The choices we make are ours, no matter what point of our lives we’re at. Whether you’re seventeen and looking at colleges, whether you’re twenty-two and trying to figure out your next step, whether you’re fifty and figuring out what’s best for your family, whether you’re seventy-two and deciding how to fill your days. What is right for one person might be completely wrong for another person, and vice versa.

You have to decide what’s important to you, decide what you want, and chase it down. Success does not fit into a universal definition, it is a unique, specialized concept that has a different shape and color and sound for each person.

Call your own shots. Cut your own trails. Seek happiness as hard as you can.

a new kind of resolution

I often feel that whenever a new year rolls around so many of the resolutions that are made are really more like new year’s eliminations, new years guilt trips, new year’s punishments. What new year’s resolutions force us to do is look at the unsatisfactoriness, the failure, the shortcomings of the previous year. And that may be the only reflection we allow ourselves. Things we did we wish we hadn’t, things we didn’t do we wish we had. And somewhere along the way we forget to look at the good things, to reflect on the positive, to remember the gleaming golden moments, our successes, the things we did right.

Because though each year that passes may be filled with things we can improve on, with things we can do better, with things we can avoid doing, they are also filled with wonderful things that happened, with marvelous things we did, with instances of joy and triumph and peace. And while self-improvement is something crucial and beneficial to our development as human beings, it does not come from criticism alone– it comes also from the recognition and cultivation of the things we are already doing right– a list that might be longer than we think it is.

I recently watched a fascinating documentary called Life In A DayA National Geographic Films project that solicited footage of people’s everyday lives on one day– July 24, 2010– from all around the world and compiled it into a film that not only demonstrates the stunningly eclectic diversity of habits, routines, and customs on the planet, but also the larger universal truths that span across all geographic and cultural distances. The project received 4500 hours of footage from people all around the world and compressed it into a poignant one and a half hour film that deals with quotidian simplicities like brushing your teeth, hitting snooze on the alarm clock, and making breakfast, but also the broader themes of ambition, loss, rejection, and love.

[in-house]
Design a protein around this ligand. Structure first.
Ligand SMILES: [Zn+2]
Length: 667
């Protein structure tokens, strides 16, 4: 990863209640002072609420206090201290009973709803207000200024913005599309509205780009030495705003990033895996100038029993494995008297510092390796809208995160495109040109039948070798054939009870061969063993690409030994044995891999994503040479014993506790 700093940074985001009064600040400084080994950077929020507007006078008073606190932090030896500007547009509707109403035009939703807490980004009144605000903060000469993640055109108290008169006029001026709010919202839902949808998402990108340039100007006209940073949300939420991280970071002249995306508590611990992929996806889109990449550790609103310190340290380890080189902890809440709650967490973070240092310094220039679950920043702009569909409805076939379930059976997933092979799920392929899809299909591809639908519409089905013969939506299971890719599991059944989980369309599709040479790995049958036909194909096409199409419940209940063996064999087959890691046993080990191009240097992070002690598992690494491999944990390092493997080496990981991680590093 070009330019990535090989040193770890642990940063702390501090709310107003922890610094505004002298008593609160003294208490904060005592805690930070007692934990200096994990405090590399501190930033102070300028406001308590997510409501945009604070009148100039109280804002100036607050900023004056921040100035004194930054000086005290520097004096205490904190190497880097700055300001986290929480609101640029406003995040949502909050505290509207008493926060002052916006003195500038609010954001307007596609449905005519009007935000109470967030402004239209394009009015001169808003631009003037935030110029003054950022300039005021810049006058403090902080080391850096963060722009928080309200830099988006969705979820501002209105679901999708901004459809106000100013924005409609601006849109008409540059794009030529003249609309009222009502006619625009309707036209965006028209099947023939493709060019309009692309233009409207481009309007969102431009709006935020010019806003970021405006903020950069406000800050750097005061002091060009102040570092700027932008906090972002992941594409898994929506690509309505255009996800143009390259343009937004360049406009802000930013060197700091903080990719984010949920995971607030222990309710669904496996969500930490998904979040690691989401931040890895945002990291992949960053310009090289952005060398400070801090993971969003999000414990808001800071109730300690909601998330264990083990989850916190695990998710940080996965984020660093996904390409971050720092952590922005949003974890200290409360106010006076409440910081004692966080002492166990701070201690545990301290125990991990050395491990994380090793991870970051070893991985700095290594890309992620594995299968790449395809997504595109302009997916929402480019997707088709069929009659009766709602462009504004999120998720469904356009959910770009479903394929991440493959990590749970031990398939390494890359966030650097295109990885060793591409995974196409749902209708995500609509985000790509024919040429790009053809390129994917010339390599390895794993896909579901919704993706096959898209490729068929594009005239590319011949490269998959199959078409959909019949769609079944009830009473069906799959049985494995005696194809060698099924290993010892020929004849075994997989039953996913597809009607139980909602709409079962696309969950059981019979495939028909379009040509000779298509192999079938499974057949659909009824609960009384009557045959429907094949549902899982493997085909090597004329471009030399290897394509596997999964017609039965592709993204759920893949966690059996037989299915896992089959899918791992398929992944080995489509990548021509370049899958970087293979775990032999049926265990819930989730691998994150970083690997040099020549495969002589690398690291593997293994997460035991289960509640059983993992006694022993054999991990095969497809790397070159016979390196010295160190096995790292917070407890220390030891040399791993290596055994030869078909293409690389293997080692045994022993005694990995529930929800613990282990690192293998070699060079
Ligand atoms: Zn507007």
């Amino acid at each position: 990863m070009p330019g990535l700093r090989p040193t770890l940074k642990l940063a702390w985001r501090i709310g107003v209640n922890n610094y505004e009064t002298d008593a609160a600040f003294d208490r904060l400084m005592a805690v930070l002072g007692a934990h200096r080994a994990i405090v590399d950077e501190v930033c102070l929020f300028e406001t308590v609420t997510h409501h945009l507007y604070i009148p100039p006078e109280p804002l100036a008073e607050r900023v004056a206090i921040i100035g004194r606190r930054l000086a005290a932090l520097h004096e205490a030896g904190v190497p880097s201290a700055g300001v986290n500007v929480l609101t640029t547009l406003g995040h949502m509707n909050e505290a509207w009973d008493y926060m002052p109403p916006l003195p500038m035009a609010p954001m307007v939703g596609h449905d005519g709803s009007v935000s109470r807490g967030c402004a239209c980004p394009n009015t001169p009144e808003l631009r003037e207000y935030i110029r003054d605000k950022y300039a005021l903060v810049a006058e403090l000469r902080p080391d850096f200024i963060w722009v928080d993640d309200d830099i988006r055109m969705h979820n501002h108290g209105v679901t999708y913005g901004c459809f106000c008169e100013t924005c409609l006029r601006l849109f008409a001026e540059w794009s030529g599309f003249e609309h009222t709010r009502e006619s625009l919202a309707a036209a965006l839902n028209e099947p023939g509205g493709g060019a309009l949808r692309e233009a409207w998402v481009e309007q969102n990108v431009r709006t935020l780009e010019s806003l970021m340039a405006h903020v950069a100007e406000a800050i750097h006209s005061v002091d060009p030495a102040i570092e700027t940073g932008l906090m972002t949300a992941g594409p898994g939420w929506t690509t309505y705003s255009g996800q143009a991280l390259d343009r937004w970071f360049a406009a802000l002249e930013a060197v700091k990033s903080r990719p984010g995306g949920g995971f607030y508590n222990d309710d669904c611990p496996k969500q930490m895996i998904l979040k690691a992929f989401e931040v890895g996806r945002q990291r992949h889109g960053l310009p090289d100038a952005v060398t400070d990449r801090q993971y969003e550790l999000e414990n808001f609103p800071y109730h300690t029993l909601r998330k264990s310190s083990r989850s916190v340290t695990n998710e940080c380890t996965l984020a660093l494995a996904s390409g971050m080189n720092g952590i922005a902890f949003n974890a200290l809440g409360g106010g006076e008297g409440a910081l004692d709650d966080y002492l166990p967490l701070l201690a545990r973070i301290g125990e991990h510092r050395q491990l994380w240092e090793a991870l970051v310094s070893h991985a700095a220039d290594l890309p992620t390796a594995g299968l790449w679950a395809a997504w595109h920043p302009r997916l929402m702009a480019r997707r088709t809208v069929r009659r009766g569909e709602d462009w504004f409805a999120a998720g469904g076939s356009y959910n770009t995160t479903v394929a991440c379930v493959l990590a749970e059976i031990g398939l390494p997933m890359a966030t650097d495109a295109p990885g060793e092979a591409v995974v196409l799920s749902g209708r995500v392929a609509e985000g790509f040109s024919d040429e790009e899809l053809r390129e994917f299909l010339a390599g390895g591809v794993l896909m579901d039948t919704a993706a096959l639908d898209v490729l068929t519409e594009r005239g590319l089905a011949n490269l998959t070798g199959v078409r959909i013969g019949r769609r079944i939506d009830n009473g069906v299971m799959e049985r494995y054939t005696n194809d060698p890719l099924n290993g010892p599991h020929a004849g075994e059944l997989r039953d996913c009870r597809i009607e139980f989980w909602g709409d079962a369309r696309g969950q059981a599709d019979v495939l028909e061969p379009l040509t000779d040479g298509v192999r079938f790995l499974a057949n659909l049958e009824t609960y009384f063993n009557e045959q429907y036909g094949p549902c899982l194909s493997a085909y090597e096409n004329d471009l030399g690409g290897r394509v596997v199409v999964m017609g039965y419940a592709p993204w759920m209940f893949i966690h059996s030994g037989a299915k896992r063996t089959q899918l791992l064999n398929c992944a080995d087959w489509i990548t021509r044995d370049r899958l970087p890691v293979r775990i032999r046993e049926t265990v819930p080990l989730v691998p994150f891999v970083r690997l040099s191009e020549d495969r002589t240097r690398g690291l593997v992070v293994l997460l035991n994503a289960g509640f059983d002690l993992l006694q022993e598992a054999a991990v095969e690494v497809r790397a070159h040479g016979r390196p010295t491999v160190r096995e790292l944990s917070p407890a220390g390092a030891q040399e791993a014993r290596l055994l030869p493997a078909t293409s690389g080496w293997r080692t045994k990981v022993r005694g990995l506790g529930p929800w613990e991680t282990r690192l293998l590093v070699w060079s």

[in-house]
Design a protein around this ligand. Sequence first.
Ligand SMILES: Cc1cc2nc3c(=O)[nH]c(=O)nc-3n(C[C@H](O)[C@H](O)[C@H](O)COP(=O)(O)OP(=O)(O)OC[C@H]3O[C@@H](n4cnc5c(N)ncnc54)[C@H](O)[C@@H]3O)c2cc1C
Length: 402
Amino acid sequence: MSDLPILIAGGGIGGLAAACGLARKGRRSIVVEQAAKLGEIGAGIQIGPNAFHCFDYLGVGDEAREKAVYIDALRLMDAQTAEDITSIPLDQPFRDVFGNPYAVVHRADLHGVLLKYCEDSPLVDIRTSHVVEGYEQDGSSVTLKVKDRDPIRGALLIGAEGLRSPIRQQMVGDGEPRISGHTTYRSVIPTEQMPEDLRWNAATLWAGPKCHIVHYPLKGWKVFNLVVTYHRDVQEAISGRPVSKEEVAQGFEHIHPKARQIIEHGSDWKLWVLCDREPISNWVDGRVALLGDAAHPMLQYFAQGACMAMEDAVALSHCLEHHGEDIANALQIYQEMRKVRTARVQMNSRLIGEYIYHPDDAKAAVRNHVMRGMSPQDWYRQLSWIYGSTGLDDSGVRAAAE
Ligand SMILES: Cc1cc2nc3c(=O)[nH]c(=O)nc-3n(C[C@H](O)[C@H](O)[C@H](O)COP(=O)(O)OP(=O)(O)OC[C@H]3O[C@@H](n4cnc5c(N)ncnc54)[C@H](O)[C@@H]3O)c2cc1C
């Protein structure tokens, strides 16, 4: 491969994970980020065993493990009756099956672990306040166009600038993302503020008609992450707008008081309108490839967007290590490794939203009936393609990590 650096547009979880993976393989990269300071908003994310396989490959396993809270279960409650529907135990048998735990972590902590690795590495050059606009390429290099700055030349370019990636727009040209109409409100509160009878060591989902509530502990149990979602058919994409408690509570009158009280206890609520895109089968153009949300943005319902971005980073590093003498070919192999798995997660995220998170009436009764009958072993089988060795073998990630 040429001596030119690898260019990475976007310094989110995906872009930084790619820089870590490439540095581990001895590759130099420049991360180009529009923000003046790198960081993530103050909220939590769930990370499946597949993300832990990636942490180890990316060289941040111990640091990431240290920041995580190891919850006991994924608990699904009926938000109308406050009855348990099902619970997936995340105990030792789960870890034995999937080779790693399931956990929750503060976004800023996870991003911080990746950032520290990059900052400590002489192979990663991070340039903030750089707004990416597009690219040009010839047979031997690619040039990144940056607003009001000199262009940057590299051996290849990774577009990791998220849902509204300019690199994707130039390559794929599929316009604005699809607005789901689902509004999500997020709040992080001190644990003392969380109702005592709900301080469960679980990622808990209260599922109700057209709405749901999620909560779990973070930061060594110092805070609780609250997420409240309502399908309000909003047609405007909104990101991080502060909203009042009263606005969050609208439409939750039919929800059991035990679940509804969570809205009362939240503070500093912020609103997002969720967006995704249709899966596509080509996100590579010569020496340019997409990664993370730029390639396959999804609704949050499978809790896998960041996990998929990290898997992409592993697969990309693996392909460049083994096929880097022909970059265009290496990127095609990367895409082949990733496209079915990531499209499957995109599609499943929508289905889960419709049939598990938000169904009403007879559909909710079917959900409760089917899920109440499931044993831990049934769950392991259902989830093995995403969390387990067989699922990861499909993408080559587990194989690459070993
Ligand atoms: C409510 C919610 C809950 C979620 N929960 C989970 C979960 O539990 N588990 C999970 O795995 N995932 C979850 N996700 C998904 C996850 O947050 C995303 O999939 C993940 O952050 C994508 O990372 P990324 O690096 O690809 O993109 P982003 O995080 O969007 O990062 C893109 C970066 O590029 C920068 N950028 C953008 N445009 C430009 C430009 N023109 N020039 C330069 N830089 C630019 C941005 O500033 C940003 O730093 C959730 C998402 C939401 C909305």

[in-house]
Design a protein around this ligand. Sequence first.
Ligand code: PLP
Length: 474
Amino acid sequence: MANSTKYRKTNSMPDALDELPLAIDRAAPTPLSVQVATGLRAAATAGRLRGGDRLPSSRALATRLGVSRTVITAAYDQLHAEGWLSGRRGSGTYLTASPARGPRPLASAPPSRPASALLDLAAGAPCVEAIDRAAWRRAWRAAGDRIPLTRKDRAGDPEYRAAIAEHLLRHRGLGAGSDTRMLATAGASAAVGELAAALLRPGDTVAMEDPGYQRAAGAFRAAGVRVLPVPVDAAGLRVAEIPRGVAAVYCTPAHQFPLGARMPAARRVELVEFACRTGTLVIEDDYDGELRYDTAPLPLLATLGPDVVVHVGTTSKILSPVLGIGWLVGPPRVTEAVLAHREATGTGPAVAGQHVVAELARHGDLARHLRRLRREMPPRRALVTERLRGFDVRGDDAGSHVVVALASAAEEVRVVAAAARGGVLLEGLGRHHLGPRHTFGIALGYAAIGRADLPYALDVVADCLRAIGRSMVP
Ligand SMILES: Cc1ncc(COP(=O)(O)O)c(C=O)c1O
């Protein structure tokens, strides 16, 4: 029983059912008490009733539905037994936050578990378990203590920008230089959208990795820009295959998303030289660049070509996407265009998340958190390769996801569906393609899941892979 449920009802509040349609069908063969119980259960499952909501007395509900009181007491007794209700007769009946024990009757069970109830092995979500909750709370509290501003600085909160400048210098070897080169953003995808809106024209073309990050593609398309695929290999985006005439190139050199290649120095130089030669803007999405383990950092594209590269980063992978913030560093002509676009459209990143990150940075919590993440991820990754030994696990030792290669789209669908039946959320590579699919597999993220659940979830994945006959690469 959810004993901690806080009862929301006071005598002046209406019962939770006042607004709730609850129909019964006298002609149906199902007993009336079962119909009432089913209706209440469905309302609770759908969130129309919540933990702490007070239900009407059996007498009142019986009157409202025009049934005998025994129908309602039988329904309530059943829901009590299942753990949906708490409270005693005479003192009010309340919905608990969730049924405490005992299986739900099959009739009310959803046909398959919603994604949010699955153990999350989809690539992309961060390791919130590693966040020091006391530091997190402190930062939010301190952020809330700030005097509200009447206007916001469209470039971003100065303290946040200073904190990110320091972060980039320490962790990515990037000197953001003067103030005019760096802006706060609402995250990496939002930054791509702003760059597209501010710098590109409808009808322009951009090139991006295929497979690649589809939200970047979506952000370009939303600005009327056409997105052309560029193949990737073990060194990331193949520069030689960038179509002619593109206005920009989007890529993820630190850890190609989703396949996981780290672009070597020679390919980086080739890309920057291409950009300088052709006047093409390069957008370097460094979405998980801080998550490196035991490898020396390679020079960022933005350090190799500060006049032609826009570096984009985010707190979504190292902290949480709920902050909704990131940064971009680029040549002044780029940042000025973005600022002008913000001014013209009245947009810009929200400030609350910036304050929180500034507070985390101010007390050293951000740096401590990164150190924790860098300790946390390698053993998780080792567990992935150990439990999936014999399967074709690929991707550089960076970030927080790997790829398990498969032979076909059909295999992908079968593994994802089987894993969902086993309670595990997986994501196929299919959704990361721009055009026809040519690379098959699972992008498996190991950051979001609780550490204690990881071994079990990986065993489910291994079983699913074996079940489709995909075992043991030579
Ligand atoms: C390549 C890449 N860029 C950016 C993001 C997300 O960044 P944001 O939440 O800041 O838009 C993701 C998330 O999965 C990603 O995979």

What was fascinating to me beyond the astounding beauty of amateur cinematographers capturing simple, ordinary moments was the concept of the amount of total minutes that occur each day. And I don’t mean  the 1440 that belong to each one of us, but that number multiplied by the number of people in the world. Because every set of 1440 minutes allotted to each person every day are spent differently, are unique, are their own. And so when National Geographic films asked people to film their lives on one day, on one set of 24 hours, the number of hours of footage they received was far, far greater. And those 4500 hours are only a portion of all the hours experienced by people on earth. What it made me realize was that time is our own, that each day we have 1440 minutes to spend however, wherever, and with whomever we choose. Every one of us.

And so to look back on 2011, on 365 sets of 24 hours, of 1440 minutes, how many beautiful, good things can we find? Even if it’s just enjoying nature or being kind or observing the tightly wound red threads that tie us to everyone around us, our years are so rich with dazzling slivers of life it seems more productive to focus on them, to try to expand and replicate them than to spend so much time over the workouts we didn’t do or the closets we didn’t organize or the old habits we didn’t kick. There is nothing wrong with working on our shortcomings as long as we balance it with reflecting on the good things.

2012 is clear and bright, wide open, free and unfilled. Ripe with opportunity to make it as brilliant and magnificent and breathtaking as last year. Balance resolutions that begin with words like “stop” and end with words like “more” with ones that start with “keep” and “always.” Keep getting fresh air. Keep exploring. Always tell the people you love that you love them. Always be kind. Keep learning. Keep being curious. Always help others. Always express yourself. Keep laughing. Keep smiling. Keep holding hands. Always be thoughtful. Always be grateful. Keep doing what you love. Keep believing. Keep living.

Happy New Year!

*Life In A Day is available on Netflix Watch Instantly